This is Khaled al-Asaad, director of antiquities and museums in Palmyra, Syria. He spent his life studying, curating, and restoring artifacts of the ancient Roman city. He named his daughter after Zenobia, ancient Palmyra’s most famous daughter, who led a rival to the Roman Empire at the arguable height of Rome’s power. When forces dedicated to the eradication of history and culture came to Palmyra with accusations of idolatry and apostasy, he transferred the portable antiquities to safety. He remained behind to protect the site from its would-be destroyers. He was tortured, bombarded with demands to reveal the locations of artefacts. He refused to betray Palmyra. His silence led to his murder.
Nobody has to die to protect Scottish Gaelic from eradication, and thank all that is good for that. But unlike ancient Palmyra, Scottish Gaelic is still alive, with native speakers of a thousand generations of native speakers still living. It doesn’t have to become an artefact, bones that can only be restored, or reconstructed – never brought back. It doesn’t have to join Pictish, Cumbric, Brittonic or Norn: it can persist. We can keep that part of us alive.
Road signs may seem small. Some may even find them irritating. But that’s what change is all about. Changing from imperial to metric was an inconvenience to begin with, but we got over it. Switching from Farenheit to Celsius was a bother at first, but we managed. And the presence of Gaelic road signs is naturally going to be a bit rough to begin with – but we’re the frontiersmen. We’re building a new Scotland, one that seeks to redress centuries of marginalisation and ridicule and neglect. Nobody said it would be an easy ride, and I wouldn’t have it any other way.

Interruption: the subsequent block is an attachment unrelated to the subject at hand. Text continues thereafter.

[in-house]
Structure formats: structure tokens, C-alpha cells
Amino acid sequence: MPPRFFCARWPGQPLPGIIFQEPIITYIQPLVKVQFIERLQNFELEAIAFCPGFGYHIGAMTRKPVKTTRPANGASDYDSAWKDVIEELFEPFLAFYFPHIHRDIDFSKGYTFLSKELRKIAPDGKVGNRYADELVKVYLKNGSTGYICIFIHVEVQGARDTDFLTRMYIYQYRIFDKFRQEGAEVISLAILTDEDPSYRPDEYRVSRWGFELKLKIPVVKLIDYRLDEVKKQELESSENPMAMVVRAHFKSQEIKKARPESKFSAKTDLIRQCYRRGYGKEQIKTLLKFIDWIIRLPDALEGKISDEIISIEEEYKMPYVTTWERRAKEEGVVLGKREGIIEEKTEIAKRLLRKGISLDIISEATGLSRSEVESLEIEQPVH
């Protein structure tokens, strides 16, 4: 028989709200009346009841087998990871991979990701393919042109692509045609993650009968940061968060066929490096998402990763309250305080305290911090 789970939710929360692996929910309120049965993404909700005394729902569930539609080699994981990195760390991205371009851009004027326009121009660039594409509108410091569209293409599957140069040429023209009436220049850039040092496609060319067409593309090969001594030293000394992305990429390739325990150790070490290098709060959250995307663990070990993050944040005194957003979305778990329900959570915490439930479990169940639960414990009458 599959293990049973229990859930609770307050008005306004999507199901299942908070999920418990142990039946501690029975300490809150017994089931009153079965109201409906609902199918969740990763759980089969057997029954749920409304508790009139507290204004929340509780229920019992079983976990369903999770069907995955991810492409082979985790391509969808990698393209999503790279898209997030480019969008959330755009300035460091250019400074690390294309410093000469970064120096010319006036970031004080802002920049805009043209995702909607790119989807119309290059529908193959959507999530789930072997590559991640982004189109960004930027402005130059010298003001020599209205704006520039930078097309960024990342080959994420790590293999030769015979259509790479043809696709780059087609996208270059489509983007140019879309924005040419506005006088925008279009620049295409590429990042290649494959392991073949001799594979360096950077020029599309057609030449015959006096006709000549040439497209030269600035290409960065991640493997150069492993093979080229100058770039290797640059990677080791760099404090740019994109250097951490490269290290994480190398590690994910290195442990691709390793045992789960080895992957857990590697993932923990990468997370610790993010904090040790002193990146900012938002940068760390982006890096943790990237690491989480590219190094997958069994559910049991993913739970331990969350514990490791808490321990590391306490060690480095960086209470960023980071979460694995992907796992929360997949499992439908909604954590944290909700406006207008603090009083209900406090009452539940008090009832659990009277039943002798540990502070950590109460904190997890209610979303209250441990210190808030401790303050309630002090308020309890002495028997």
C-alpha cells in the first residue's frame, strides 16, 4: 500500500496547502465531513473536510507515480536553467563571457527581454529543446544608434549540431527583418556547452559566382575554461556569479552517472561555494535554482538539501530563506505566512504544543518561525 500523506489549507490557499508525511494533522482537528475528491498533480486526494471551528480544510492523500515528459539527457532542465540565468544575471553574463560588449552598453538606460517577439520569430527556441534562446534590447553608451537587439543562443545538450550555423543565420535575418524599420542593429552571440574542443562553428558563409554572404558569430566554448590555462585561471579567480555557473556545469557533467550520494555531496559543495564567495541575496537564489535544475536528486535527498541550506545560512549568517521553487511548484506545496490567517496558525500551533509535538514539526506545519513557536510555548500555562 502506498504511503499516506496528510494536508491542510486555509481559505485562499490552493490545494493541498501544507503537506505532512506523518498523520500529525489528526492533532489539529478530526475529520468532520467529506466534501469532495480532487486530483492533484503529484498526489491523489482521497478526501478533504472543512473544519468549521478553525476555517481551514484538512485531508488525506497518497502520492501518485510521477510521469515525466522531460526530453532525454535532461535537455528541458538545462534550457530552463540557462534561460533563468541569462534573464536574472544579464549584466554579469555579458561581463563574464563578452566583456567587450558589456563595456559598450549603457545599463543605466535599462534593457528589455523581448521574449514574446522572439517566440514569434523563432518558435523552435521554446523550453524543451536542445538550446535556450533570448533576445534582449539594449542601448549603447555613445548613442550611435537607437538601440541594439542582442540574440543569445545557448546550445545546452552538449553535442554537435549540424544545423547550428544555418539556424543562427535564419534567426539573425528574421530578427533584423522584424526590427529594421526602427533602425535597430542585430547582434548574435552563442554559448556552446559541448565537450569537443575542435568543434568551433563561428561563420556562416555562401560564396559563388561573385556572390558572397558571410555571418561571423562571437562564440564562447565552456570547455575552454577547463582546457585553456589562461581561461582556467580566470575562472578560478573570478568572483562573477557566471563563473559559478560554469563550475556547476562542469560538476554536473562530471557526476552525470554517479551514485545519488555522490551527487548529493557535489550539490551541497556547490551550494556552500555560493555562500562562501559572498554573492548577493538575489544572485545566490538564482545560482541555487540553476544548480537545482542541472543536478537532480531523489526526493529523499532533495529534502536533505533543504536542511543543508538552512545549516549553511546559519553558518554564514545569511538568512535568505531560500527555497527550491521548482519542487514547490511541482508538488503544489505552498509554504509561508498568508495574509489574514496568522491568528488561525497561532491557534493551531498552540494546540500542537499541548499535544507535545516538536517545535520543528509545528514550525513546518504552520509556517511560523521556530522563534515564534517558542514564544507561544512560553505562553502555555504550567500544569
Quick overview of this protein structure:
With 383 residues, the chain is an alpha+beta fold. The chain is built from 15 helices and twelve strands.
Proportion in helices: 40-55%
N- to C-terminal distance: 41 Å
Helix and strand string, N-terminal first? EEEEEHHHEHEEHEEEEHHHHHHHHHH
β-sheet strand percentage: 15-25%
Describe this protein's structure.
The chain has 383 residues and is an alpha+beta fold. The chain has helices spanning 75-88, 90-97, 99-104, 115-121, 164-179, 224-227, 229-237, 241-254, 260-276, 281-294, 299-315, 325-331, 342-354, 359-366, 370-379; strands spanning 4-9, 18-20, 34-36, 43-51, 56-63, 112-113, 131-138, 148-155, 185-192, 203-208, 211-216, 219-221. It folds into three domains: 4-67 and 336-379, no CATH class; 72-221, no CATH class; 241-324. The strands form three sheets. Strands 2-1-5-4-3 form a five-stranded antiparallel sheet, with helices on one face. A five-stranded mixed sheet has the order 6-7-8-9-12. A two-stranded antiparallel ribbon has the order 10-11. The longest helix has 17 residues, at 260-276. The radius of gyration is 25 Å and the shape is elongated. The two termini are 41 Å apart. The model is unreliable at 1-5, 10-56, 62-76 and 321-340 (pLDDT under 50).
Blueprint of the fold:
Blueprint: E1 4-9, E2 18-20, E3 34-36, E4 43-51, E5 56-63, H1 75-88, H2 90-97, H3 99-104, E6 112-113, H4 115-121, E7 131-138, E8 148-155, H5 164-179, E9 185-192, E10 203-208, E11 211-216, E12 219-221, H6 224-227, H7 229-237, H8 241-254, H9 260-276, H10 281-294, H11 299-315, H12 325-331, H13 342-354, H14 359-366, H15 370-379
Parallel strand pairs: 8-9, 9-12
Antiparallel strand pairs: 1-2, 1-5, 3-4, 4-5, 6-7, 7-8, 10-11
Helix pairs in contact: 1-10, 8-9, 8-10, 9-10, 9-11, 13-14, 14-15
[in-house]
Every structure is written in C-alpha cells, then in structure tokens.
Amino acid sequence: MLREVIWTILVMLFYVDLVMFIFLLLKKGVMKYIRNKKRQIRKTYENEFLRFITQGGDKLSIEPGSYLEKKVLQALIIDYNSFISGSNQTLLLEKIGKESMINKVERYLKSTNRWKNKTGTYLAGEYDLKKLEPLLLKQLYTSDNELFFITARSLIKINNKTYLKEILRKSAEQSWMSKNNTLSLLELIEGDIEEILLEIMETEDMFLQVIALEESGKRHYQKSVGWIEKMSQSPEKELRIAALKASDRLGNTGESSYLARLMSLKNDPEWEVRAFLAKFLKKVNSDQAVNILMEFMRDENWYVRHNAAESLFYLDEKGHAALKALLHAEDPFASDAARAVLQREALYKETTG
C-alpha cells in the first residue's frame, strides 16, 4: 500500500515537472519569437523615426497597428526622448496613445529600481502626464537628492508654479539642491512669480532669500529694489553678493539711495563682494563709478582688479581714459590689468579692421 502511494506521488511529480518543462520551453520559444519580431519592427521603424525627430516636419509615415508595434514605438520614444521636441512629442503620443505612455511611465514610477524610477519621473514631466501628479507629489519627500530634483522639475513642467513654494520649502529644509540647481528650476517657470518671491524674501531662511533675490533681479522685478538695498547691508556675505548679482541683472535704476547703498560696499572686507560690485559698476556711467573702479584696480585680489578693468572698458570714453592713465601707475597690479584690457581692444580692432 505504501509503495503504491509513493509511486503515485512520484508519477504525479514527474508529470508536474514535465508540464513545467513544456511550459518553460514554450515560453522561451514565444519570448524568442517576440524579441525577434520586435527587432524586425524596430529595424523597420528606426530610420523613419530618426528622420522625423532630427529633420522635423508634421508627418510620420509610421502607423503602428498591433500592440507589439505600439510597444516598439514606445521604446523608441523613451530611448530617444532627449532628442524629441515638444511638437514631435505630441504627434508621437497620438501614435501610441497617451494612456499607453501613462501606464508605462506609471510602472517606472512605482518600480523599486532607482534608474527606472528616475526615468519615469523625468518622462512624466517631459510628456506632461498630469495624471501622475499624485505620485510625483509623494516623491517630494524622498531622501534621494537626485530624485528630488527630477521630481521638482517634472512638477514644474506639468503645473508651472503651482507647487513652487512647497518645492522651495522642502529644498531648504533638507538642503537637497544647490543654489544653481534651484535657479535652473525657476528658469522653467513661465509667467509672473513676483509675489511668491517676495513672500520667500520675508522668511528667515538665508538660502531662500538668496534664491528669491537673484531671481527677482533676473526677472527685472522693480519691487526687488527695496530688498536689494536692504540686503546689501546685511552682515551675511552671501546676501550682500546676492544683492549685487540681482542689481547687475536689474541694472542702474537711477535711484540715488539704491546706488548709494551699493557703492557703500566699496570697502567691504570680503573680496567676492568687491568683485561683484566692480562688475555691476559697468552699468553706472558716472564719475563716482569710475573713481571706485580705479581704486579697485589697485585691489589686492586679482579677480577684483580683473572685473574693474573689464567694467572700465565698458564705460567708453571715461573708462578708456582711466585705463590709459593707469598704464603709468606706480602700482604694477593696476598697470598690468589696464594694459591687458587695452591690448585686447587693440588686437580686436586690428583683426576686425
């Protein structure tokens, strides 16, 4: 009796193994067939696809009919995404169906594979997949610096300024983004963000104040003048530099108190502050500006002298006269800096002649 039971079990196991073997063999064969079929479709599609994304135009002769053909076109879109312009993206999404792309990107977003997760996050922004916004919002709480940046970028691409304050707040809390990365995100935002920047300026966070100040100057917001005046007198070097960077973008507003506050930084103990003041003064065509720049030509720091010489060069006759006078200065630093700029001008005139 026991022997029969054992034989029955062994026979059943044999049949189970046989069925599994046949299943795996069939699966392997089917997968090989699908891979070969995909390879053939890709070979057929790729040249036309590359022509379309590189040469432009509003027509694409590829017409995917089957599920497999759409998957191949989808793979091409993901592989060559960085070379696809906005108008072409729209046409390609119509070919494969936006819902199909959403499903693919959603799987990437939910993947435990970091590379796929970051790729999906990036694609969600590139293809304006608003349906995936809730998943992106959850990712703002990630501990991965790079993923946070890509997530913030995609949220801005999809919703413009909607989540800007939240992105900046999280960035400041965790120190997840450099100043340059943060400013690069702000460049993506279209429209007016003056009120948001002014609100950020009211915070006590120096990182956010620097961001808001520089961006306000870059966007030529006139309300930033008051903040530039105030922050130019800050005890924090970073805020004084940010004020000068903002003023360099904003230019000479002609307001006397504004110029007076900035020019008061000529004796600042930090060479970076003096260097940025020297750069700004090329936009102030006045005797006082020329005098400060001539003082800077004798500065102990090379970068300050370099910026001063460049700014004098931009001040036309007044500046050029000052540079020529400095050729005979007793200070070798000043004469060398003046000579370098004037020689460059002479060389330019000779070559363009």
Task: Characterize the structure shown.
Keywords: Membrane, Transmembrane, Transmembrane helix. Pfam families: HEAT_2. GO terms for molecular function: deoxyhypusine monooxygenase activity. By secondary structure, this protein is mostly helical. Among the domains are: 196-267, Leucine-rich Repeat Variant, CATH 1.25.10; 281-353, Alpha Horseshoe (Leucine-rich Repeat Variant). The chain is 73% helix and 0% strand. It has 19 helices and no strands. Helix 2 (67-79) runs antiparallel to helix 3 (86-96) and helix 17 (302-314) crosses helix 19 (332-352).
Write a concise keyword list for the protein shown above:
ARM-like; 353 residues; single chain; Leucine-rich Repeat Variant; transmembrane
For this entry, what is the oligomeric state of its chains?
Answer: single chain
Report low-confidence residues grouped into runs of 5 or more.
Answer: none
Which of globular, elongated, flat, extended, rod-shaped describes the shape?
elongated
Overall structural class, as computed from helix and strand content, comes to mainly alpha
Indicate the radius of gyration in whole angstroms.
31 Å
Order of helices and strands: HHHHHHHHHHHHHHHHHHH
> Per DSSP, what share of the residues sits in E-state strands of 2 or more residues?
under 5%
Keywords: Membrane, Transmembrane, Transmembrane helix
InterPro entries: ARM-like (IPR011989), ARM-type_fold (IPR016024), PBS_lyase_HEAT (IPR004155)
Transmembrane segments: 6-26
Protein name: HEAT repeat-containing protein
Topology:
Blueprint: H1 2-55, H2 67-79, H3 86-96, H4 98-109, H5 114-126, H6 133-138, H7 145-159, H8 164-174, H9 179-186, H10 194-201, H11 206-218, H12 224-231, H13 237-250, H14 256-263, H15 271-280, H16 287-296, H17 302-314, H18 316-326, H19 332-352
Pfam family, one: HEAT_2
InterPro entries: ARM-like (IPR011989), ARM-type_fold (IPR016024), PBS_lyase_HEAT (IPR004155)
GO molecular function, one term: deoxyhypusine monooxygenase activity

We can do this. Should we?
*I love Mr Mitchell dearly as a comedian and think he speaks great sense on a good number of subjects, but if he actually did say ” You may be happily in cahoots with the morris-dancing English and the Eisteddfod-organising Welsh, but my country, the Britain of London where I now live, of Swansea, my mother’s home town where I spent a lot of time as a child, and of Galloway, where my paternal grandparents lived, is something you want to destroy” to Nicola Sturgeon as he wanted to, at least we’d lose ambiguity about his British nationalism and the sense of entitlement that sometimes manifests. It’s a bit like men who respond to discussions about feminism with “but what about us poor men?”
**This is not to imply that languages are nothing more than great big grab-bags of words: languages reflect cultures in their different priorities. Hence why some cultures will have more words for some things and not for others, while others see no need to use a single word for some abstract concepts at all. It’s all about what’s important to their culture, and how their language serves them. Many thanks to Sandy Nicholson in the comments for pointing this out.
***An earlier version of this post rather clumsily used a quote regarding Irish, since both Irish and Scottish Gaelic have a similar convention regarding the affirmative. Unfortunately, it gives the impression the two languages are interchangeable at best, and “just the same language” at worst, which was absolutely not my intention. I’ve done some more work, and found a more suitable quotation. Thanks to Sandy Nicholson and Anna in the comments.
… I really, really should have thought that title through, shouldn’t I?